I shall say again, in case the noble Lord does not understand, that this is not a European army and it will not be so. The Government are determined that we should retain control of our Armed Forces. I can

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assure the noble Lord that other countries feel just as passionately about their officers as we rightly feel about ours.

Lord Shore of Stepney: My Lords, as we are in a mood to be absolutely plain, does my noble friend agree that there is a real distinction? One is strengthening the European part of NATO, with which we all agree; the other is the separate aim of creating an autonomous European Union military capacity. If we do not start to recognise that, frankly, we shall not understand what is at issue.

Baroness Scotland of Asthal: My Lords, I believe that I have said all I can say, that I have said it very plainly and that I cannot say it any more plainly. However, it is absolutely clear that we must find a modus operandi for working together in order to increase our capacity to respond efficiently to the challenges which Europe faces. We need to do that in order to ensure that we deploy our servicemen in theatre in the most effective way to protect ourselves and our European partners. For many years we have joined with our European friends in their hour of need. We shall continue to do that; and we shall do it more efficiently if we do it together.

Lord Tomlinson: My Lords, does my noble friend agree that if any expenditure whatever is made on common foreign and security policy that comes through the mechanism of the European Union budget, then the European Parliament in general and its budgetary control committee in particular have a specific responsibility for scrutiny of such expenditure?

Baroness Scotland of Asthal: My Lords, the Parliament may carry out scrutiny and it may also be in receipt of information. However, the most important point is that it does not have decision-making capacity. That capacity remains with national parliaments where, rightly, it should rest.

Lord Moynihan: My Lords, we heard very clearly what the Minister said about our Armed Forces, and we agree. However, is she aware that there is more to this question than armed forces and that last year the French President described the United States as a hyper-power and criticised what he called America's "increasingly unilateral" farm policy? What specific assurances can she give that our EU partners, particularly our French partners in the St. Malo Declaration, respect our commitment to NATO and the preservation of its prerogatives and that they will do nothing to undermine it?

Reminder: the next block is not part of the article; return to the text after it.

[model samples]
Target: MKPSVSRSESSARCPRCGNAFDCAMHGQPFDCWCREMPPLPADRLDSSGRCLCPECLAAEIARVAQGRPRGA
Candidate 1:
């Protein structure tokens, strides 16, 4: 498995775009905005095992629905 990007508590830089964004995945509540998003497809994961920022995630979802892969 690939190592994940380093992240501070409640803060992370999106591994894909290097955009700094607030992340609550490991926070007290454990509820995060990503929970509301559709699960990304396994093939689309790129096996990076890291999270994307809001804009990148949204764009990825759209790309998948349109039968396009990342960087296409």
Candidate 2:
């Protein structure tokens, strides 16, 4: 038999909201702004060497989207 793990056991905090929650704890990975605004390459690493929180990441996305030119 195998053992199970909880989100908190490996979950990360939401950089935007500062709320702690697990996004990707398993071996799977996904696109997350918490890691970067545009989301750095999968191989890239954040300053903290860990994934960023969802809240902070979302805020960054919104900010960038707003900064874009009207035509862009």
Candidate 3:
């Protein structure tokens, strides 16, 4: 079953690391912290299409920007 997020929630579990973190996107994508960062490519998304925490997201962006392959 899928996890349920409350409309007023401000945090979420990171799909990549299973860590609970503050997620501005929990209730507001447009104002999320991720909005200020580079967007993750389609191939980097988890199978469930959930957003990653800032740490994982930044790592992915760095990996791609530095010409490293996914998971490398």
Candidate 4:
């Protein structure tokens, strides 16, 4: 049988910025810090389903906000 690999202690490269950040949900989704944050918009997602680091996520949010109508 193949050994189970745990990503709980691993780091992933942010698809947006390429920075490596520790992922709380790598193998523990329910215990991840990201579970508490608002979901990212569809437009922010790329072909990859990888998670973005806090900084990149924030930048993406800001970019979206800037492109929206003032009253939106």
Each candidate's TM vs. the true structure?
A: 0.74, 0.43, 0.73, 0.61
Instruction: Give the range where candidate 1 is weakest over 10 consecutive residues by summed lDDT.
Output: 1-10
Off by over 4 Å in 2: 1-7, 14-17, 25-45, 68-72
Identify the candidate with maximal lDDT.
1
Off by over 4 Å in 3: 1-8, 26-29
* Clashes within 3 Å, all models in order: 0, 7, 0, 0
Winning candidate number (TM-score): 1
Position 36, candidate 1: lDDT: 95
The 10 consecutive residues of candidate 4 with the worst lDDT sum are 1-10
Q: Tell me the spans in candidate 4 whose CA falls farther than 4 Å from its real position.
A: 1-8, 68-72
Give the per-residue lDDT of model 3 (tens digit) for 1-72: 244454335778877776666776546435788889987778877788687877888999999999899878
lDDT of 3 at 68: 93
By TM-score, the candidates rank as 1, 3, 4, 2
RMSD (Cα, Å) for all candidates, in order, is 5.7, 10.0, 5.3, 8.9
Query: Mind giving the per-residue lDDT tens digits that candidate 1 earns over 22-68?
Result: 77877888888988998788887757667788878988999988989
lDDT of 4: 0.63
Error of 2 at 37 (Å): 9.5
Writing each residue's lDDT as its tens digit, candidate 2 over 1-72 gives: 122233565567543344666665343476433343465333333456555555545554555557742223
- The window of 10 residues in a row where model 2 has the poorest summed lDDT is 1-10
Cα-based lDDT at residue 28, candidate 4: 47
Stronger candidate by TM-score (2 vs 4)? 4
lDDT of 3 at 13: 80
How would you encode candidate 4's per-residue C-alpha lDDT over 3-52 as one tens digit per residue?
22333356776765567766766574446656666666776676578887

Baroness Scotland of Asthal: My Lords, we have no reason to believe that our French partners will seek to undermine NATO. They have not done so to date and there is nothing currently before us to cause us to believe that they will do so in the future.

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Oil Prices

2.44 p.m.

Lord Ezra asked Her Majesty's Government:

    Whether they plan to take action in relation to the rising price of oil.

The Minister for Science, Department of Trade and Industry (Lord Sainsbury of Turville): My Lords, as your Lordships know, the oil market has been very volatile of late, with prices rising from 10 dollars per barrel of oil in February 1999 to over 25 dollars per barrel currently. The Government monitor the market closely because significant changes in oil prices could, if prolonged, impact adversely on the UK economy. However, whether oil prices are low or high, the Government remain committed to the operation of free, open markets, where price is determined by fundamentals and not by regulation or intervention.

Lord Ezra: My Lords, I thank the noble Lord for that Answer. However, the substantial increase in oil prices to which he referred has already had a serious impact on the international economy. It was one of the major factors which led the USA to raise its interest rates the other day, with more rises to come and possibly with similar action elsewhere. Bearing in mind the enormously adverse impact that the oil price increases had in the 1970s, have the developed countries since then produced strategies (both short and long-term) to deal with the possible recurrence of that situation? In particular, does the noble Lord recall that the International Energy Agency, of which the UK is a founder member, has as a specific remit:

    "To maintain and improve systems for coping with oil supply disruptions"?

I should like to ask what it has recommended in the present situation.